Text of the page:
Music Therapy: A Complementary Health Treatment Therapy
A music therapist uses music to calm the person and to gain their trust; building a relationship is essential to the healing process. After a relationship is established, the therapist creates an activity plan which works the physical and mental functions of the client. Some examples of these activities could be listening, singing, composing, playing, and moving to music; imagery is a commonly used tool as well (FAQ's about Musical Therapy, 1999). Children, adolescents, adults, and the elderly with mental health needs, developmental and learning disabilities, Alzheimer's disease and other aging related conditions, substance abuse problems, brain injuries, physical disabilities, and acute and chronic pain, including mothers in labor can all benefit from music therapy. Since music therapists work in psychiatric hospitals, rehabilitative facilities, medical hospitals, outpatient clinics, day care treatment centers, agencies serving developmentally disabled persons, community mental health centers, drug and alcohol programs, senior centers, nursing homes, hospice programs, correctional facilities, halfway houses, schools, and private practice. Thus making the ailability of treatments are easily attainable and in most cases a very short commute if time and transportation are an issue.
The therapist's training and education is very important and they must complete one of the approved college music therapy curricula (including an internship) are then eligible to sit for the national examination offered by the Certification Board for Music Therapists. Music therapists who successfully complete the independently administered examination hold the music therapist-board certified credential (MT-BC). The National Music Therapy Registry (NMTR) serves qualified music therapy professionals with the following designations: RMT, CMT, ACMT. These individuals have met accepted educational and clinical training standards and are qualified to practice music therapy. They use both their knowledge on the behavioral aspects of music and the strengths and weaknesses of the client to develop the musical intervention. Therapeutic goals are also used to track performance and progress during the therapy. Goal areas include emotional, motor, communicative, academic, and social skills (FAQ's about Musical Therapy, 1999). Although the client might develop musical skills during the treatment, that is not the main concern of the therapist. The primary goal rather is to influence the client in such a way with music as to affect the psychological, physical and socio-economical functioning (FAQ's about Musical Therapy, 1999).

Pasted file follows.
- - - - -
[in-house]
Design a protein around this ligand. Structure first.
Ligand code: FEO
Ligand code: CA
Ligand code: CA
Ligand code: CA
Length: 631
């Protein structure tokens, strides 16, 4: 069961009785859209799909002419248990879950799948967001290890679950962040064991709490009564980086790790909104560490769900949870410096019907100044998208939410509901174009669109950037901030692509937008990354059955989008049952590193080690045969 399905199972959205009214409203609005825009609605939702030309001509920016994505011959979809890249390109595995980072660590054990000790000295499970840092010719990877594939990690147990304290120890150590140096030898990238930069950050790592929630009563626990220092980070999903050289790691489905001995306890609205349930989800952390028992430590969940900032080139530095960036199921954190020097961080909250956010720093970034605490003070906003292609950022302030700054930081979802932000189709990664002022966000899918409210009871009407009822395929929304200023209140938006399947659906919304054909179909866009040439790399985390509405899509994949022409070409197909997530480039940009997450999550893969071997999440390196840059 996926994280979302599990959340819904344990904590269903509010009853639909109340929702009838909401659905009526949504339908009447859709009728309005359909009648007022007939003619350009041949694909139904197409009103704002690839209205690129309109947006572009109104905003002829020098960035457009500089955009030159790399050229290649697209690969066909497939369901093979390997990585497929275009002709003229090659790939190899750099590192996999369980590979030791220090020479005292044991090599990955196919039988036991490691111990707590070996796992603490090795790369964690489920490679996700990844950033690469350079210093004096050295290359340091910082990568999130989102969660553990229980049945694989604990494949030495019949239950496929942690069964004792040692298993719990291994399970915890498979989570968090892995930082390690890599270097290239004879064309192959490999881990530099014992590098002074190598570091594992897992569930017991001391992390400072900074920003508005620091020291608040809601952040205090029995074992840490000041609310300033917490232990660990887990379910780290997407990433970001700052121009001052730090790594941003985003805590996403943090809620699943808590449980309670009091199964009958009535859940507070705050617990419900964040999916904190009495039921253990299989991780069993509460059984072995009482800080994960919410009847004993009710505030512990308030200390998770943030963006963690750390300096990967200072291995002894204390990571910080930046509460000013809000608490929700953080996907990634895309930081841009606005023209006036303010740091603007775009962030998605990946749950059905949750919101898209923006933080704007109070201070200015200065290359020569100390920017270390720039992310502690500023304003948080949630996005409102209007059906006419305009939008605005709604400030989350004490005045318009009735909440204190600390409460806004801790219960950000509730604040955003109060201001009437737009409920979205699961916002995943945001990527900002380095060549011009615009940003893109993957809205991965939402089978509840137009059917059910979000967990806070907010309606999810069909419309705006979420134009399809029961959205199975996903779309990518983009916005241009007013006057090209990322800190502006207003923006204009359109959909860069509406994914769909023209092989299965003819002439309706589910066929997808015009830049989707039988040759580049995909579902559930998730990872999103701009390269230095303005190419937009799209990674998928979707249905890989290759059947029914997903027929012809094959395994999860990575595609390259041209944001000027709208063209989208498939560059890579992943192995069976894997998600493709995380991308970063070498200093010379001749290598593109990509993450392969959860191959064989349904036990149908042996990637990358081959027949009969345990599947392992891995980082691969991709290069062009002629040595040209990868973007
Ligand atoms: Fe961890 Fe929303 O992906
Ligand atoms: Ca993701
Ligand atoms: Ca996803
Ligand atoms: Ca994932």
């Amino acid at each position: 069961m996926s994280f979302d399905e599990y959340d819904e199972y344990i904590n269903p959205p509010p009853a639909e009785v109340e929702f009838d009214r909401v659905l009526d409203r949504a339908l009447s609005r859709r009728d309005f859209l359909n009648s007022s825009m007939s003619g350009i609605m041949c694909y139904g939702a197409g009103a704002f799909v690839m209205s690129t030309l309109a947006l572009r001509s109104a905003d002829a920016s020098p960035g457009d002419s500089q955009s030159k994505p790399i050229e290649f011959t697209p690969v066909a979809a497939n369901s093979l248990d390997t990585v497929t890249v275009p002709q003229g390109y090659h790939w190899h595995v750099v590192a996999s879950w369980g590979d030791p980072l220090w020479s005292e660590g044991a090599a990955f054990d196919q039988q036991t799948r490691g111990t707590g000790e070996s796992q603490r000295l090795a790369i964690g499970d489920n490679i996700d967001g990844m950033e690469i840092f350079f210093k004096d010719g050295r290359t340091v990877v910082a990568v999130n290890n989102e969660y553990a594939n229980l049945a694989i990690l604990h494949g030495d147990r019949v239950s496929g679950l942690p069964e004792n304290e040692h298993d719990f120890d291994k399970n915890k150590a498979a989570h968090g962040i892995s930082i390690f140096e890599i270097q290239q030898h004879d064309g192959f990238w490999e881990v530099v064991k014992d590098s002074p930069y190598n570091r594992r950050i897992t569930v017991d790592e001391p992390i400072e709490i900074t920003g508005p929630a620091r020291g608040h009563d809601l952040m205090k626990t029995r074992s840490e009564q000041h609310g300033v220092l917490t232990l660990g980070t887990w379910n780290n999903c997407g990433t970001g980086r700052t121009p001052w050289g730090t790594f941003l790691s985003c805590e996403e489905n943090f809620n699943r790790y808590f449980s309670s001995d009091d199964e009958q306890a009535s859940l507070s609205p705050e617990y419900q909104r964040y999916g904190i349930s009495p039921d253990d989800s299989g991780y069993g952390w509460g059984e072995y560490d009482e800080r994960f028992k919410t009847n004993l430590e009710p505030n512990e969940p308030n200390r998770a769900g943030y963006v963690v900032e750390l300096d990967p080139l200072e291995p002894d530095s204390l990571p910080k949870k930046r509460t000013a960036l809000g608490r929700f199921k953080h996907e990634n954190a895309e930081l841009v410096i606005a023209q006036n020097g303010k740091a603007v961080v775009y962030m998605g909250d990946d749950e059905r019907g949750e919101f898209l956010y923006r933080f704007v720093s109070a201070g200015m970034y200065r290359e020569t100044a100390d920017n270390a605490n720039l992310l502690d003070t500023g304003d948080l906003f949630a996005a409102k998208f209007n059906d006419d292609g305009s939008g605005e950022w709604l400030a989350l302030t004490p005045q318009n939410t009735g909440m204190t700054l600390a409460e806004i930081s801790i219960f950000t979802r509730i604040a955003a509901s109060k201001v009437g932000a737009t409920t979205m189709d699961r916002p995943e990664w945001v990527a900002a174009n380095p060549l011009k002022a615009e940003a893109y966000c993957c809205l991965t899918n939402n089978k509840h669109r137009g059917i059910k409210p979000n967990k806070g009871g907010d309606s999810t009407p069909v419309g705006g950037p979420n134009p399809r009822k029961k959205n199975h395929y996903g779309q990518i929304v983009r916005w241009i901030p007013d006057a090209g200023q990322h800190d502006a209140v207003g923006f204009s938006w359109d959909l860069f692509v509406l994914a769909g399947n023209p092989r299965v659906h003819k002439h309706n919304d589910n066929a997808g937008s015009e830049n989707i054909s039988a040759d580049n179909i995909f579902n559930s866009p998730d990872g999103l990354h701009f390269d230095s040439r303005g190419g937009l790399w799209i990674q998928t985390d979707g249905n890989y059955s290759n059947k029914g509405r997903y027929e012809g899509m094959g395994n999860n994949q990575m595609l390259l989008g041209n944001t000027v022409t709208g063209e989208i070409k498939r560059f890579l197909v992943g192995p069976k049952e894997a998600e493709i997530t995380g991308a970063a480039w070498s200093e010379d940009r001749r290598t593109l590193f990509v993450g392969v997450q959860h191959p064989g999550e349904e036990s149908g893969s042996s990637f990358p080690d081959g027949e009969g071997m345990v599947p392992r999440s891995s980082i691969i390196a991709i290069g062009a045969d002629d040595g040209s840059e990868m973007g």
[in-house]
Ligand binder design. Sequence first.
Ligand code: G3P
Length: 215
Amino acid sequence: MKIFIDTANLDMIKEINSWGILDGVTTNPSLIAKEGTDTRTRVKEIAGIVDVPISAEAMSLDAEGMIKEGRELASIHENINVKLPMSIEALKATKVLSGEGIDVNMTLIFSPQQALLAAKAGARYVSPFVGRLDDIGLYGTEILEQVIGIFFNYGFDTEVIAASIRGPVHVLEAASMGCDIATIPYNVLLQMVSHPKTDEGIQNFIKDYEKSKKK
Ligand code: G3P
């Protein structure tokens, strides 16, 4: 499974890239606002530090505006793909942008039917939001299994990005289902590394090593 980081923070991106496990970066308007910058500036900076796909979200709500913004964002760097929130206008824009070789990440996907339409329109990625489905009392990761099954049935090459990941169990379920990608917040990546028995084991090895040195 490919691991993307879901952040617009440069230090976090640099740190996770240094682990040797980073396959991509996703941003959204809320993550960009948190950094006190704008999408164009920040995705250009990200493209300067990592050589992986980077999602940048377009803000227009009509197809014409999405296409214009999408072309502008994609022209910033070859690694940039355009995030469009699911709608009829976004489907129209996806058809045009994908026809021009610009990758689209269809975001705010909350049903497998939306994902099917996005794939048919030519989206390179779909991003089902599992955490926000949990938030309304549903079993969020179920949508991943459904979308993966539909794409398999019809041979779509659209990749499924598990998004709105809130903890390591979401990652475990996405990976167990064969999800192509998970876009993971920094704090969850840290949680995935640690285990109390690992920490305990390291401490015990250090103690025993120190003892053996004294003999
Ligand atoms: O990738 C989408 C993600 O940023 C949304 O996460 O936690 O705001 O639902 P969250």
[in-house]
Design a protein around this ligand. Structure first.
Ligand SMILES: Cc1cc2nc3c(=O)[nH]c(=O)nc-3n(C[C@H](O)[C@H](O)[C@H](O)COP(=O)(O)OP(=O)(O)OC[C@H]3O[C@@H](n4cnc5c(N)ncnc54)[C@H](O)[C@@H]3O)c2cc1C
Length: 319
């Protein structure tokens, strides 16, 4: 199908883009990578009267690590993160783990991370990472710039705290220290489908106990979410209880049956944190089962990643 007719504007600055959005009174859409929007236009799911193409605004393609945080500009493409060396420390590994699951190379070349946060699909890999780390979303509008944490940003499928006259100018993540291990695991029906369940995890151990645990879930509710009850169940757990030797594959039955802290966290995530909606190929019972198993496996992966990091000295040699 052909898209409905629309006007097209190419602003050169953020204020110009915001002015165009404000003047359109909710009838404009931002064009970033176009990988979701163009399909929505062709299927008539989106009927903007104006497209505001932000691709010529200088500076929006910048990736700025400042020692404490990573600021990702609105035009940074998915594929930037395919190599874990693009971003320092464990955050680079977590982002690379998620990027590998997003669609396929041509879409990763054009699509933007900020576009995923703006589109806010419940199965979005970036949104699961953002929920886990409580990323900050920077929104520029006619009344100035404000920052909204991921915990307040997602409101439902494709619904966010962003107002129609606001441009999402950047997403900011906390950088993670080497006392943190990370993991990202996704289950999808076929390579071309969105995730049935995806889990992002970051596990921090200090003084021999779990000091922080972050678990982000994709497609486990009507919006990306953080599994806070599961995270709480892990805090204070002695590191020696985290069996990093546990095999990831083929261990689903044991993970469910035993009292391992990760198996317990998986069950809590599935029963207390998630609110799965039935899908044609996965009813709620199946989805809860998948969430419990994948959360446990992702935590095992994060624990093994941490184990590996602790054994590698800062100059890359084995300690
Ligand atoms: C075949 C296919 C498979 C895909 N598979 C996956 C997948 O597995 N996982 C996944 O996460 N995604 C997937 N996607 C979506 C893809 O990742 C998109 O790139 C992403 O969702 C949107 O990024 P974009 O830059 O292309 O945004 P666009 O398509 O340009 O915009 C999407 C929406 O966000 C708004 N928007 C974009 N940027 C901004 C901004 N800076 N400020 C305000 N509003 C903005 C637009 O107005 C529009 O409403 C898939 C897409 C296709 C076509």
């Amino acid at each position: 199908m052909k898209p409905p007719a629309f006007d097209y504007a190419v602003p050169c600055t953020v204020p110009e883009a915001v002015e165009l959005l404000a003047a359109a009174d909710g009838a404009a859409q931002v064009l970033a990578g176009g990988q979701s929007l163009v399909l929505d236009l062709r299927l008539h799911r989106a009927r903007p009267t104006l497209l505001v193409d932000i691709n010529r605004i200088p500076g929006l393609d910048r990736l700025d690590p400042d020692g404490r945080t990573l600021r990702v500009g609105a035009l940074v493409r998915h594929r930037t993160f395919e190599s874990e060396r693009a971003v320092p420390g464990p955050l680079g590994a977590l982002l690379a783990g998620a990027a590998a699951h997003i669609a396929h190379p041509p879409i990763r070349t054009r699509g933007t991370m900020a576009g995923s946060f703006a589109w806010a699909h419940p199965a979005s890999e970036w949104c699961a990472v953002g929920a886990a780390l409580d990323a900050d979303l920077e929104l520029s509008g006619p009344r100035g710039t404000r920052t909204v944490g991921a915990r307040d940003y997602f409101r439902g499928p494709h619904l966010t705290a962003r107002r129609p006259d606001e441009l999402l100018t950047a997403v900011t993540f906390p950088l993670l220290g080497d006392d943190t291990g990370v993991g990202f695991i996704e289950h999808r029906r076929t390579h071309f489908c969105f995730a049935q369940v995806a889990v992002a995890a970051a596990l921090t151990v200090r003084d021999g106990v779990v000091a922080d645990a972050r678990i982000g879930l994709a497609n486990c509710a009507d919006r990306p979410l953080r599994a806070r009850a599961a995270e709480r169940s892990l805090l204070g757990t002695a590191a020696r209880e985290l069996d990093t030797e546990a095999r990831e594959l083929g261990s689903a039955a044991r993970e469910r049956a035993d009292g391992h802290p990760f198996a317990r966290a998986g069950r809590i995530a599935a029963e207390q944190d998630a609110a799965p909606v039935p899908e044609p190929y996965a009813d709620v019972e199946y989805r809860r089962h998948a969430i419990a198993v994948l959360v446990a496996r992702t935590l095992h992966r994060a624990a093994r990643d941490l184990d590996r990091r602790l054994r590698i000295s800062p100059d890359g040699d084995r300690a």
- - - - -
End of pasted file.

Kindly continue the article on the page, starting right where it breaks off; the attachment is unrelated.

The idea of music as a healing influence which could affect health and behavior is as least as old as the writings of Aristotle and Plato. The 20th century discipline began after World War I and World War II when community musicians of all types, both amateur and...